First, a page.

Haggis79 From Germany, joined Jun 2006, 1096 posts, RR: 1 Posted (7 years 10 months 2 weeks 6 days 8 hours ago) and read 3865 times:
on flightaware the planned route for a flight is shown using certain route points, which are coded in what I guess are ICAO-codes? My question: is there some database or similar where these codes are translated in actual positions/landmarks?
There are various things in this field - Click on the links for definitions -
First those 3 letter codes (LCH/MOL/PTW/BOS/DVL) are NAVAIDs most likely VOR/DMEs. These are usually named geographically after the closest city/landmark/points of interest.
Then those 5 letter codes (WHALE/LOMPI/JAROM/DINIM/GIPER/GAPLI/INGOR) are waypoints. These are defined positions on earth which pilots/computers use to navigate from A to B. These are just points in space. They are named by the ANSP of their respective countries, sometimes geographically but most often not.
NATV is the code for the North Atlantic Track - there are several NATs and depending on the wind of the day 5 are picked for use each day by Shanwick and Gander.
Finally those alphanumeric entries (J22/J48/J77/UN513/UM25) are airways representing long streches of route that links the preceeding/proceeding navaids/waypoints. An airway is made up of many navaids/waypoints. This abbreviates the route to become the segment between the starting/ending waypoints. Saves writing out all those points in between.
All of those above together make up a complete routing from origin to destination, although KIAH (Houston) and LFPG (Paris CDG) are missing (entered in other fields).
There used to be NIMA/NGA who collated navaids and waypoints information but since October 2006 they do not publish this information anymore due "national security". So you have to look them up in the AIPs of the respective countries. They should contain everything incl lists of navaids/waypoints/latlongs. For example you may have to look up the FAA, NavCanada, NATS and DGCA for the above route.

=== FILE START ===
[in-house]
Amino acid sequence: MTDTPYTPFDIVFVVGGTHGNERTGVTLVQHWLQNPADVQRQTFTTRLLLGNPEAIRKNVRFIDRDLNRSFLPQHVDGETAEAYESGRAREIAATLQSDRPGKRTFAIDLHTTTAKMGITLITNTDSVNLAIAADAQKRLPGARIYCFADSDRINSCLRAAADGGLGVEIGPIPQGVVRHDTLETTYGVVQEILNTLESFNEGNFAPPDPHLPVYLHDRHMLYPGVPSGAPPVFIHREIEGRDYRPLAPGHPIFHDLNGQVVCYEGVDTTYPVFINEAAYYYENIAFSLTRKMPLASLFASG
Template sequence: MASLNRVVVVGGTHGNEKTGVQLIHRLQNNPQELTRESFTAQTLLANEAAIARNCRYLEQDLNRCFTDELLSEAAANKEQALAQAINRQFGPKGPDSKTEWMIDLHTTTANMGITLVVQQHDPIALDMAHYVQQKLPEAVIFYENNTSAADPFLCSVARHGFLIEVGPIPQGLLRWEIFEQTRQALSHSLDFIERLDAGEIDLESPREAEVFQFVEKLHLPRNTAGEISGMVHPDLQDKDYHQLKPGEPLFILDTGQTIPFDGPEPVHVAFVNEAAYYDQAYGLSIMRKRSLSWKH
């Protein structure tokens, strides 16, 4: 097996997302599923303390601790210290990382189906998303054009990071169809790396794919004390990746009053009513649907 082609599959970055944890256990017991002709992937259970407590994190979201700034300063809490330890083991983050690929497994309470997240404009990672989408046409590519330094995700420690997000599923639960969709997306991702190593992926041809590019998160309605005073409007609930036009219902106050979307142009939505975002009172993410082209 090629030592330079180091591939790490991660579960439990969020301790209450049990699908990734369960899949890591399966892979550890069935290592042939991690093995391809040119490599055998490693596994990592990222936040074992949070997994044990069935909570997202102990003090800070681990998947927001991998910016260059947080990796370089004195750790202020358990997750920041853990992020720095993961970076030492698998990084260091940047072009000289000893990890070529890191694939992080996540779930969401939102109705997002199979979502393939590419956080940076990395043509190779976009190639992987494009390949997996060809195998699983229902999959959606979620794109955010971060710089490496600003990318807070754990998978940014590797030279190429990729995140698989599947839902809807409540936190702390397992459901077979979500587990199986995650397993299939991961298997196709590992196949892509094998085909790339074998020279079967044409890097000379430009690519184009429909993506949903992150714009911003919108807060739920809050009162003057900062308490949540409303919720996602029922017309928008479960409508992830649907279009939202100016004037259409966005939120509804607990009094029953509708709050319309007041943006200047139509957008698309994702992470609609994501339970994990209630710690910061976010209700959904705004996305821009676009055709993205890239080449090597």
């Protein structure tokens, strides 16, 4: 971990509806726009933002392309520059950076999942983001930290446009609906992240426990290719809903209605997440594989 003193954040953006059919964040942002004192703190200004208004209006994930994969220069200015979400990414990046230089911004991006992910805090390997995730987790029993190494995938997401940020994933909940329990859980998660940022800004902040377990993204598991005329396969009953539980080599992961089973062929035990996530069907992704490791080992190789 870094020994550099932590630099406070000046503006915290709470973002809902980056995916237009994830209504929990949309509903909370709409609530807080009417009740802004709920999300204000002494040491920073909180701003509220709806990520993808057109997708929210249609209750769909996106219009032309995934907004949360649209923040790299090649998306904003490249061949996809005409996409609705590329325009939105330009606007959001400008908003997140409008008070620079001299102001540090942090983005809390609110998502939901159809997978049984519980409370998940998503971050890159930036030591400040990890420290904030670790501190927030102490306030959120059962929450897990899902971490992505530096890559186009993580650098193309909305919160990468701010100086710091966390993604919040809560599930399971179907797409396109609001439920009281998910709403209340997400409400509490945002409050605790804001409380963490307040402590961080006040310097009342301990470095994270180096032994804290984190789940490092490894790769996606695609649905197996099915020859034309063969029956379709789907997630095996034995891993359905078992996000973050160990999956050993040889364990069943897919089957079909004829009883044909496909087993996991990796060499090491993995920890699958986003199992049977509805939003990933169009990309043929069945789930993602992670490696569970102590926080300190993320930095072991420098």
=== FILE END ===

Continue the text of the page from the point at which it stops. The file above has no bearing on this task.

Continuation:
Utapao From Thailand, joined Jul 2005, 645 posts, RR: 8
Reply 2, posted (7 years 10 months 2 weeks 6 days 6 hours ago) and read 3819 times:
One convoluted way is to Google the waypoint or NAVAID, and you can usually find a reference similar to this one for GIPER in your example:
Quote: Waypoint GIPER Country EI
Maps and information about GIPER. ... 51° 0' 0N 12° 0' 0W, GIPER, EI. Mag Var: 7.227W, High Level, Desc: GIPER. Map of GIPER. Nearby airports: ... www.fallingrain.com/waypoint/EI/GIPER.html - 4k - Cached - Similar pages
That will at least tell you the country and from there you can check the AIP as Cloudyapple says. One place I check is Fallingrain (site in above example). On this page you can click on the country, then scroll to the bottom of the country page and there will be a link to Aviation Waypoints. On that page will be a table where you can select the one you are looking for, and it will give a map, long/lat, nearby waypoints, etc. (Obviously, if you clicked on the link for fallingrain in Google it takes you right to the correct page.)
Not exactly the tool you were looking for, but a lot of information.